The intent of the Afterschool Care Snack Program (ACSP) is to assist schools that operate organized programs of care, which include education and enrichment activities known to help reduce or prevent children’s involvement in juvenile crime or other high risk behavior, by providing snacks. Eligible programs serving snacks to children that meet USDA requirements may be claimed for reimbursement. USDA ACSP
School Food Authorities (SFAs) participating in the National School Lunch and School Breakfast Programs (NSLP and SBP) and sponsors participating in the Summer Food Service Program (SFSP) can respond to situations resulting from damage or disruptions due to natural disasters such as hurricanes, tornadoes, wildfires, and floods. USDA Emergency Feeding
The Fresh Fruit and Vegetable Program (FFVP) provides children in participating schools with a variety of free fresh fruits and vegetables throughout the school day. The program is an effective and creative way of introducing fresh fruits and vegetables as healthy snack options. The FFVP also encourages schools to develop partnerships at the State and local level for support in implementing and operating the program. This program is seen as an important catalyst for change in efforts to combat childhood obesity by helping children learn more healthful eating habits. The FFVP introduces school children to a variety of produce that they otherwise might not have had the opportunity to sample. USDA FFVP
The National School Lunch Program (NSLP) is the oldest and largest of the Child Nutrition Programs, celebrating 50 years in 1996. It is a federally assisted meal program that provides balanced, low-cost or free lunches to thousands of children in Colorado each day.
Since 1946, the National School Lunch Program has made it possible for schools to serve appealing lunches designed to meet the needs of children. In recent years, concerns have emerged regarding the overall nutritional content of school meals. These concerns address findings that the diet of Americans has changed from being low in nutrients and adequate in calories to containing an overabundance of calories, fat, saturated fat, cholesterol and sodium. At the same time, Americans eat too few grains, fruits and vegetables. A good diet can help to reduce the occurrence of chronic diseases and promote good health and well being.
The USDA School Meals Initiative for Healthy Children underscores our national responsibility to provide healthy school meals that are consistent with the Recommended Dietary Allowances (RDA) and the Dietary Guidelines for Americans. USDA NSLP
Provision 2 is a type of school meal eligibility that operates on a 4-year cycle. During the first year of Provision 2, known as the base year, the school serves all children meals at no charge regardless of the children’s free, reduced price or paid eligibility category, but otherwise operates the meal programs under standard procedures. The most significant difference between Provision 2 schools and those not operating under Provision 2 is that Provision 2 schools must offer reimbursable meals to all participating children at no charge for as long as they operate Provision 2. Except for offering all meals at no charge and associated adaptation of the household notification, other procedures in the first year of the Provision 2 cycle (base year) are the same as non-Provision 2 schools. USDA PROVSION 2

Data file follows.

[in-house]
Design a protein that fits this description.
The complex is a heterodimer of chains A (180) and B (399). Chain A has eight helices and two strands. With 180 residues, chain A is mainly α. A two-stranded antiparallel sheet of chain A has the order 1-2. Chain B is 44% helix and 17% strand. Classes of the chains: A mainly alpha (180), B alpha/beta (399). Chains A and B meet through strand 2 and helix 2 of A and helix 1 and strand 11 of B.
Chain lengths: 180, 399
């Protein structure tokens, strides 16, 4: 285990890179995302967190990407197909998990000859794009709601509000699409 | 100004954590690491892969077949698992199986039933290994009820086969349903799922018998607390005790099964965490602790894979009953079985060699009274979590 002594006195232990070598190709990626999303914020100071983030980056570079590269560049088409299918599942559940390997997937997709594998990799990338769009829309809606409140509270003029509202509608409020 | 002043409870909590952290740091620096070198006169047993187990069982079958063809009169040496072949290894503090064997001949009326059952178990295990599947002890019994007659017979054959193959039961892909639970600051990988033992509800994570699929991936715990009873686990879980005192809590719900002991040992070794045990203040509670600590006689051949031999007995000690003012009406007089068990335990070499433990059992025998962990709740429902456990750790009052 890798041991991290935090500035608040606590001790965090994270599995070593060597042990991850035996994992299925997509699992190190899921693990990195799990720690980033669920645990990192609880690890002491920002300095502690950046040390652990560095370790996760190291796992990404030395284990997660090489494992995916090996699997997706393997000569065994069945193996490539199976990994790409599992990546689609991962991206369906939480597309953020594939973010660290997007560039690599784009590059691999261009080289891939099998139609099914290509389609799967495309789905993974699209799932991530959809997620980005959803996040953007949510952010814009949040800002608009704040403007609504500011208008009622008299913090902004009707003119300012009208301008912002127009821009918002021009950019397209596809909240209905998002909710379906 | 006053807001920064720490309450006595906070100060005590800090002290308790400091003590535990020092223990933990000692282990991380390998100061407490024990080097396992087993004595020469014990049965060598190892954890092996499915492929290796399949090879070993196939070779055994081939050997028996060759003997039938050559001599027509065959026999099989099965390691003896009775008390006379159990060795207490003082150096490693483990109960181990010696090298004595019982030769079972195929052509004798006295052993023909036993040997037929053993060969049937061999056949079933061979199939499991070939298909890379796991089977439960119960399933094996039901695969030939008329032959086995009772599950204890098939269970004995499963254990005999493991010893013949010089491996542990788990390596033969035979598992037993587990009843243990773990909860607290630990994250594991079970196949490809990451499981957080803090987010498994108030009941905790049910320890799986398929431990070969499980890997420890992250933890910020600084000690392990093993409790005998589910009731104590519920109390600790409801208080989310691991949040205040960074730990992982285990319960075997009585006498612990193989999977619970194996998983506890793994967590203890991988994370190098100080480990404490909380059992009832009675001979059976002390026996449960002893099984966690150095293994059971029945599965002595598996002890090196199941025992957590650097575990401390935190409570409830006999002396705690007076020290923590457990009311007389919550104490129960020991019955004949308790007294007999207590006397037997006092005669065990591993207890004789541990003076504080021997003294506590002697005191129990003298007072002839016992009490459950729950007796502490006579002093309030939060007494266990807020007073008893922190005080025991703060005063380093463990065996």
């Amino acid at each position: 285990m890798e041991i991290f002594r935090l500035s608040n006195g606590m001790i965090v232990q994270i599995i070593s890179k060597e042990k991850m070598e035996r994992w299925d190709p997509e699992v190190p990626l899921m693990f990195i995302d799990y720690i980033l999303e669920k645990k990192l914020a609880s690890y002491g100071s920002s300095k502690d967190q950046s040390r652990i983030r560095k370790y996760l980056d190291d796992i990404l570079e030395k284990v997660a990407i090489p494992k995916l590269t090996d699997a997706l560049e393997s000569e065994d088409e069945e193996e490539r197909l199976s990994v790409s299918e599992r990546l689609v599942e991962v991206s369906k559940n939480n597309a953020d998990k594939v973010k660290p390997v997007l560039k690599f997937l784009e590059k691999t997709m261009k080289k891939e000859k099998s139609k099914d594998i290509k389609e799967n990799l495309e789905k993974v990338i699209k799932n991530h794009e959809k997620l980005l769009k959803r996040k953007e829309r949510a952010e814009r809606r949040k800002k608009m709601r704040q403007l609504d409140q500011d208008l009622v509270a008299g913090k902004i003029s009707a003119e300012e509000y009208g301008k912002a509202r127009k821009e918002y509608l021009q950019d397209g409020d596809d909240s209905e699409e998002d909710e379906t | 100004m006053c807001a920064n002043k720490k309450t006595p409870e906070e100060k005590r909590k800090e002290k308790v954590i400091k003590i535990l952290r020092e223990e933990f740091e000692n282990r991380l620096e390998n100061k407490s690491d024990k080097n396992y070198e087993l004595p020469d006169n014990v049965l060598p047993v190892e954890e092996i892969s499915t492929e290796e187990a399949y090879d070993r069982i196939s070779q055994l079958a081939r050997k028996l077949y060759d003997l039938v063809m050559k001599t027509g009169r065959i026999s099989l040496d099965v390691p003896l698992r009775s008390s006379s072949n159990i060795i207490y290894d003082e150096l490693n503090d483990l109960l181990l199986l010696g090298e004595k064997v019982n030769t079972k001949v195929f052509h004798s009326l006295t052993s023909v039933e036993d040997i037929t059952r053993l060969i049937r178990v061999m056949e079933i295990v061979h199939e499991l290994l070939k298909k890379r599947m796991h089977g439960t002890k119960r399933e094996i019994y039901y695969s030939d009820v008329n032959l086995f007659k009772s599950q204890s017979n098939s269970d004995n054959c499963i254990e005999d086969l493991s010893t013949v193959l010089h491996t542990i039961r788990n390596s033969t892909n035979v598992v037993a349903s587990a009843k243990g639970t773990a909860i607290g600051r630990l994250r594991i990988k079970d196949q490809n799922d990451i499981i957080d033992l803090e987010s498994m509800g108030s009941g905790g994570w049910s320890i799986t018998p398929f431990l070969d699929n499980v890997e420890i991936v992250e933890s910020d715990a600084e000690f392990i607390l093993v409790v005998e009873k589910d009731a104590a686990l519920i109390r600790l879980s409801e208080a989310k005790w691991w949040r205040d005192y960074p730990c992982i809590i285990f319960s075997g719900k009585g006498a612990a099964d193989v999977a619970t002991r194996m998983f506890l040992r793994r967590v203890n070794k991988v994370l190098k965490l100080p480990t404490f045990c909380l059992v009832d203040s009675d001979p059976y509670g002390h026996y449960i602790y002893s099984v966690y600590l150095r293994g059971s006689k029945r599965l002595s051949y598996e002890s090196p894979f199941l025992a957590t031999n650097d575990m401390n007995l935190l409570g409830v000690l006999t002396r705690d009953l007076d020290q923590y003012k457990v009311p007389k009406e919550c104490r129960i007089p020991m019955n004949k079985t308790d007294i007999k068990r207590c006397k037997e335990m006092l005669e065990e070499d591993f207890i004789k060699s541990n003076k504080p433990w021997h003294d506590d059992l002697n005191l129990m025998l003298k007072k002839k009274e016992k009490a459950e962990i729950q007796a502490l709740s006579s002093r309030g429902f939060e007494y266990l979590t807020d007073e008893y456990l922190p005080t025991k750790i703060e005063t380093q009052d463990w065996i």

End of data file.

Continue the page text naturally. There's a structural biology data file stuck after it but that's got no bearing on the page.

The School Breakfast Program (SBP) provides a nutritious morning meal. This program is recognized as one of the most beneficial of the federal nutrition programs. It meets a vital need of feeding thousands of children in Colorado, who otherwise may not eat a nutritious breakfast. Participation in the program has been shown to improve learning and test performance. Specific "meal patterns" are required in the SBP, and Schools that participate in the SBP receive funding assistance similar to the National School Lunch Program. USDA SBP
The Special Milk Program (SMP) offers milk to children who do not have access to the National School Lunch Program or School Breakfast Program. This includes preschool and kindergarten children attending split-session schools or children attending summer or year-round camps. Participating schools and institutions receive financial assistance for each half-pint of milk served. USDA SMP
The Summer Food Service Program (SFSP) provides nutritious meals to children 18 years and younger during the summer or other continuous school calendar vacation programs. Free meals are provided to all children at approved SFSP sites in areas with significant concentrations of low-income children. SFSP sponsoring organizations are operated by public and private nonprofit school authorities, public or private, nonprofit residential and nonresidential camps, local, municipal, county or state governments, public or private colleges or universities participating in the National Youth Sports Program and private, nonprofit organizations. USDA SFSP
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